If, as Peter Gatrell has suggested, the figure of the refugee was defined and even constructed during the twentieth century, then the Second World War was a crucial period in this process (Gatrell, 2013). This article looks at three representations of refugee figures from this period, Graham Greene's novel The Name of Action (1930), Rebecca West's short story ‘Around Us the Wail of Sirens’ (1941) and Storm Jameson's novel The Black Laurel (1947), evaluating them in light of recent scholarship around hospitality and asylum to suggest that these refugee characters subvert the norms and customs of British hospitality. It argues that in these three texts, refugees act as ‘threshold figures’, exposing the realities of war and the inadequacy of British social processes to contain them. In doing so, they point towards a different way of representing the refugee as an active agent, rather than a passive recipient in both political processes and social interactions.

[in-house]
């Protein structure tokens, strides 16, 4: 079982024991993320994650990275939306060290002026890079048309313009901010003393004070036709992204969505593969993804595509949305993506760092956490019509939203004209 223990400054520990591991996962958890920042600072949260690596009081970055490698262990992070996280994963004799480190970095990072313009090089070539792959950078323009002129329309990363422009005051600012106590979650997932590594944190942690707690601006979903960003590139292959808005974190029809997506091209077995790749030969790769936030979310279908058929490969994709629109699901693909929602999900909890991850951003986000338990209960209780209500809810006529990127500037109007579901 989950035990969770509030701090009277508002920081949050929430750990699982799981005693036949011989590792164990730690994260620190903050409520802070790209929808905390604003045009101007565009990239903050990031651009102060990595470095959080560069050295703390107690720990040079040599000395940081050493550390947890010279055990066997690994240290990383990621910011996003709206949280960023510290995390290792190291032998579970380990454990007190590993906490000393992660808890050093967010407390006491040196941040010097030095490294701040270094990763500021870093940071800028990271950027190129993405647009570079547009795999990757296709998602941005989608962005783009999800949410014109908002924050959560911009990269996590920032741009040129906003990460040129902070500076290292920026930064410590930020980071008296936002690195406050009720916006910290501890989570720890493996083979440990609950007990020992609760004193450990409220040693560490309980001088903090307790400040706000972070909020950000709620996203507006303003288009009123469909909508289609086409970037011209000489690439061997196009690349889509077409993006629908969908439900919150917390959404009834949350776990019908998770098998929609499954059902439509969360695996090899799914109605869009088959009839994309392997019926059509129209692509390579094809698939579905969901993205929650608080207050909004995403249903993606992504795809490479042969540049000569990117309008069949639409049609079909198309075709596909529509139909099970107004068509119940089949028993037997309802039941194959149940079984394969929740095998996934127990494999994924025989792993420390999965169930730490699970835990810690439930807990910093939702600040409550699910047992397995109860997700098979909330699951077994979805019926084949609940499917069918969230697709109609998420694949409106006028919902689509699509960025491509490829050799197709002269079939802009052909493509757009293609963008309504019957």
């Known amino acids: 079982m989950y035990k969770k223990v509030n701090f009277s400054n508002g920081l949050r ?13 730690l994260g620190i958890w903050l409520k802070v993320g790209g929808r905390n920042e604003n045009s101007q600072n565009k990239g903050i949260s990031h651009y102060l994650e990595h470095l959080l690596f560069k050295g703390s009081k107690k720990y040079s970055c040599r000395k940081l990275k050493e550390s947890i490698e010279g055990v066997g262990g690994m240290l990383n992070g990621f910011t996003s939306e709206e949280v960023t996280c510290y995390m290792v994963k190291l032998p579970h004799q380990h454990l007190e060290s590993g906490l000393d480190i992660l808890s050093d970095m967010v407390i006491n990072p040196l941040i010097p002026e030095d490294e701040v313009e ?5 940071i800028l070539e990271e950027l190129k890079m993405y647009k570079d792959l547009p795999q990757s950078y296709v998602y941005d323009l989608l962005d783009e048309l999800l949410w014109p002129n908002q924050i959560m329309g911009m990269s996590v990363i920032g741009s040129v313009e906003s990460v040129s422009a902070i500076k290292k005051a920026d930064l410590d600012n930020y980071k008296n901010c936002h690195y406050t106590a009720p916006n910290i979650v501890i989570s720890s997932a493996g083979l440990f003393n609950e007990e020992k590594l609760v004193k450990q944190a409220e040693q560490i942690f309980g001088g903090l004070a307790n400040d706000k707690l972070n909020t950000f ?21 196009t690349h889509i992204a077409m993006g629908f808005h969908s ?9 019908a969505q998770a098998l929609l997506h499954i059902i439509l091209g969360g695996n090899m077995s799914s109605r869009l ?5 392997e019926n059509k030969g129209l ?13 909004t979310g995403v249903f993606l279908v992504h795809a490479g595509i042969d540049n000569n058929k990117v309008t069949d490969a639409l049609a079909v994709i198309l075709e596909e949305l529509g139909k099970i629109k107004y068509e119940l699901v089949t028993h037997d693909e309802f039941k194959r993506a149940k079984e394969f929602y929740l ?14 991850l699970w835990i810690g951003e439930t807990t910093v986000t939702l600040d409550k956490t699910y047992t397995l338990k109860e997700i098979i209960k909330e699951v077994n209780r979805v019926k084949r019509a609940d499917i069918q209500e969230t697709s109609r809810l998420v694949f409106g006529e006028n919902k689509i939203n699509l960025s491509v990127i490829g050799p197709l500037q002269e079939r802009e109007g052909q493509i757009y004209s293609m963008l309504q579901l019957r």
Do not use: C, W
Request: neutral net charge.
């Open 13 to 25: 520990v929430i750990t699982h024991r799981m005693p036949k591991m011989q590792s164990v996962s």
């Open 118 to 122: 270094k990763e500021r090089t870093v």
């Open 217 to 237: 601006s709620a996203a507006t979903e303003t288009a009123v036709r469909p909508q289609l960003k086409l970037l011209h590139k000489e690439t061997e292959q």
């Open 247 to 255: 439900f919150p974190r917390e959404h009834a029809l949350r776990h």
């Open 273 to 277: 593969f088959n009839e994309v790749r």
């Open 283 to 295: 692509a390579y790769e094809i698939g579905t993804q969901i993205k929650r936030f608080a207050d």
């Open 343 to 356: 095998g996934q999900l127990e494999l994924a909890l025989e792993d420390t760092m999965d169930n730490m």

- domestic spaces
- second world war